Bush Success Rating at Historic Low
By CQ StaffTue Sep 4, 10:25 AM ET
By Bart Jansen, CQ Staff
President Bush’s success rating in the Democratic-controlled House has fallen this year to a half-century low, and he prevailed on only 14 percent of the 76 roll call votes on which he took a clear position.
The previous low for any president was in 1995, when Bill Clinton won just 26 percent of the time during the first year after Republicans took control of the House. If Bush’s score holds through the end of the year, he will have the lowest success rating in either chamber for any president since Congressional Quarterly began analyzing votes in 1953.
A study of House and Senate floor votes, compiled by CQ over the August recess, also showed that House Democrats have backed Bush’s legislative positions this year only 6 percent of the time, making for the strongest opposition from either party against a president in the 54 years CQ has kept score.
• CQ Party Unity Scores | Presidential Support Scores
A separate analysis of so-called party unity votes, in which a majority of one party votes against a majority of the other, showed the possibility of another historic first for House Democrats. So far this year, Democrats have backed the majority position of their caucus 91 percent of the time on average on such votes. That marks the highest Democratic unity score in 51 years.
Although any president can count on a certain amount of discontent from the opposing party — especially one that controls Congress — Bush’s low success rating and his low support scores among House Democrats are a direct result of disagreements with him over the Iraq War and spending priorities, according to a review of votes.
By comparison, House Democrats supported President Richard Nixon 46 percent of the time in 1974, the year he resigned. Nixon prevailed on votes 68 percent of the time that year, despite the Watergate fallout. And House Republican support for President Lyndon B. Johnson stood at 51 percent in 1968, during the height of the Vietnam War. Johnson succeeded 84 percent of the time on votes that year.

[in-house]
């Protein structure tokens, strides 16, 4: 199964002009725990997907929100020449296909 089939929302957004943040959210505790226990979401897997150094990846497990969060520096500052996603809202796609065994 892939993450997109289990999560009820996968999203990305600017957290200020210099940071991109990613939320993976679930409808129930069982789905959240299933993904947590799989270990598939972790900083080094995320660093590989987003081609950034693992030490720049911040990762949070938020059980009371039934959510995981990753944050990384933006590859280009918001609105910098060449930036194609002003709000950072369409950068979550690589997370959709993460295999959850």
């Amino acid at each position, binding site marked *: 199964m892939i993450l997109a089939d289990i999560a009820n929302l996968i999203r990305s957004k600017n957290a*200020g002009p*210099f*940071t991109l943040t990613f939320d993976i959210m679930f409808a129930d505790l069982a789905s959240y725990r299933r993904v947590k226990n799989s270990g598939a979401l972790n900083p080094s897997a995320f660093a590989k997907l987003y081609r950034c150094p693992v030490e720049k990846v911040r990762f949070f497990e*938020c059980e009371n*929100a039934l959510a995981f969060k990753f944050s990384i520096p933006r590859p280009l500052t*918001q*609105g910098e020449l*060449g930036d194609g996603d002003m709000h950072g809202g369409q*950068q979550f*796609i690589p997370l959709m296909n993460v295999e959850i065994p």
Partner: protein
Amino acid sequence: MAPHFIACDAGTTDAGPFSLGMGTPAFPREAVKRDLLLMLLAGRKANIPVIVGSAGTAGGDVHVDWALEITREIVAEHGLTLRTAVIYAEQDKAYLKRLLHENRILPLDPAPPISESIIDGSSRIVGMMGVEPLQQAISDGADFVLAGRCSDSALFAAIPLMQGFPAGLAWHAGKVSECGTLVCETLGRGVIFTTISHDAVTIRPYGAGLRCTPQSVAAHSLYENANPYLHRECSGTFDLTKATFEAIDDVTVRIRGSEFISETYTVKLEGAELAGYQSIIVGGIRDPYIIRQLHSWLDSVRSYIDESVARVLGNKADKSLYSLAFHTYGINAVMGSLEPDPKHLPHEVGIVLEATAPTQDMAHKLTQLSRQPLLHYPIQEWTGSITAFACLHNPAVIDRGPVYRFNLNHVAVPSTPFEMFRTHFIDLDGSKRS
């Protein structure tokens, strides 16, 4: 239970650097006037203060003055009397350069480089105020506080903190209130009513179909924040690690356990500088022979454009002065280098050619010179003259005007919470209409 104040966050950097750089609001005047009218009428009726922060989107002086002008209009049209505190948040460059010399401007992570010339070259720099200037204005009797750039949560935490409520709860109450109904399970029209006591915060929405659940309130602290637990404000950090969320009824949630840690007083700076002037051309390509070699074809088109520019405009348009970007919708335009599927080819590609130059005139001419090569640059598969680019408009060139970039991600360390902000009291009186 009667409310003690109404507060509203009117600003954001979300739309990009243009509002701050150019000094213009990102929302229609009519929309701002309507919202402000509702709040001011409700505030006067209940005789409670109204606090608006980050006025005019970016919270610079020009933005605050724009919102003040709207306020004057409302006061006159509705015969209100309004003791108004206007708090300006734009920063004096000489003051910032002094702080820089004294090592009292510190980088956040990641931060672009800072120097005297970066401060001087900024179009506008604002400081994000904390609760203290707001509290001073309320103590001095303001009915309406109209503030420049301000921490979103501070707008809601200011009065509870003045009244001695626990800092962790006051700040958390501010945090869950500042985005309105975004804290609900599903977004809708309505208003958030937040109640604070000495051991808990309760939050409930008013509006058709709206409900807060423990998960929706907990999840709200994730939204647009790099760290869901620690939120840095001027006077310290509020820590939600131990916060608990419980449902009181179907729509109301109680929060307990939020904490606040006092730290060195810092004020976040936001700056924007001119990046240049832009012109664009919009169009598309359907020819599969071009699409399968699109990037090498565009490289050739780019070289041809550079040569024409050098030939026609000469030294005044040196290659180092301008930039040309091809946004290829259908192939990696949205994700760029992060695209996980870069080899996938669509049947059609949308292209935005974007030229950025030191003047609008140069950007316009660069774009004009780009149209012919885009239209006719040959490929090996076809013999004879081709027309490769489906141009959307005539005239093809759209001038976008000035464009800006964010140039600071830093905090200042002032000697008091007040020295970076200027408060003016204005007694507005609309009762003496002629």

Bush has fared better in the Senate this year than in the House, though his success rate also has declined there. He was successful on 40 of 55 Senate votes on which he took a clear position. His success score of 72 percent is still the lowest since Bush took office. Clinton’s Senate success rates under GOP control were lower than Bush’s every year, and his 42 percent score in 1999 was the lowest since 1953.
Of the Senate votes so far this year on which Bush took a position, 22 were on nominations. He was successful on all of them, which helped elevate his score considerably.
But it was the high-profile conflicts over Bush’s Iraq policy, which played out in both chambers on individual bills and on amendments to the fiscal 2008 defense authorization (HR 1585) and the fiscal 2008 Defense appropriations (HR 3222) bills, that dragged his scores down. All the appropriations bills were flash points, and Bush has threatened to veto nine of the 12 annual spending bills passed by the House.
Some of the policy disputes that divided the parties — and pitted congressional Democrats against the president — included bills for expanding embryonic stem cell research (HR 3), negotiating Medicare drug prices (HR 4) and enhancing punishments for hate crimes (HR 1592). Differences over proposed cuts in subsidies for student lenders (HR 2669), a five-year farm programs reauthorization (HR 2419) and children’s health coverage (HR 3162) also affected the scores.
Bush’s flagging success resulted partially from Republicans parting company with him. House Republicans have supported Bush on the floor an average of 74 percent of the time this year, while Senate Republicans have supported him 81 percent of the time. Both scores are the lowest of his presidency.
Similarly, Republicans have been less unified than in the recent past on votes that feature a majority of one party facing off against a majority of the other. In the House so far this year, 526 of the 839 roll call votes have met that definition. The same is true for the Senate, where the parties have divided on 193 votes out of 310 cast.
House Republican unity this year has ebbed to 85 percent, and Senate GOP unity slumped to 81 percent. Both averages are the lowest since 1994.
That has come as the majority Democrats became more unified. The average House Democratic unity score of 91 percent matches the high-water mark that Republicans scored three times: in 1995, 2001 and 2003.
The average Senate Democratic unity score so far this year is similarly high at 88 percent, almost reaching the party’s peak score of 89 percent posted twice: in 1999 and 2001.
This story originally appeared in CQ Today.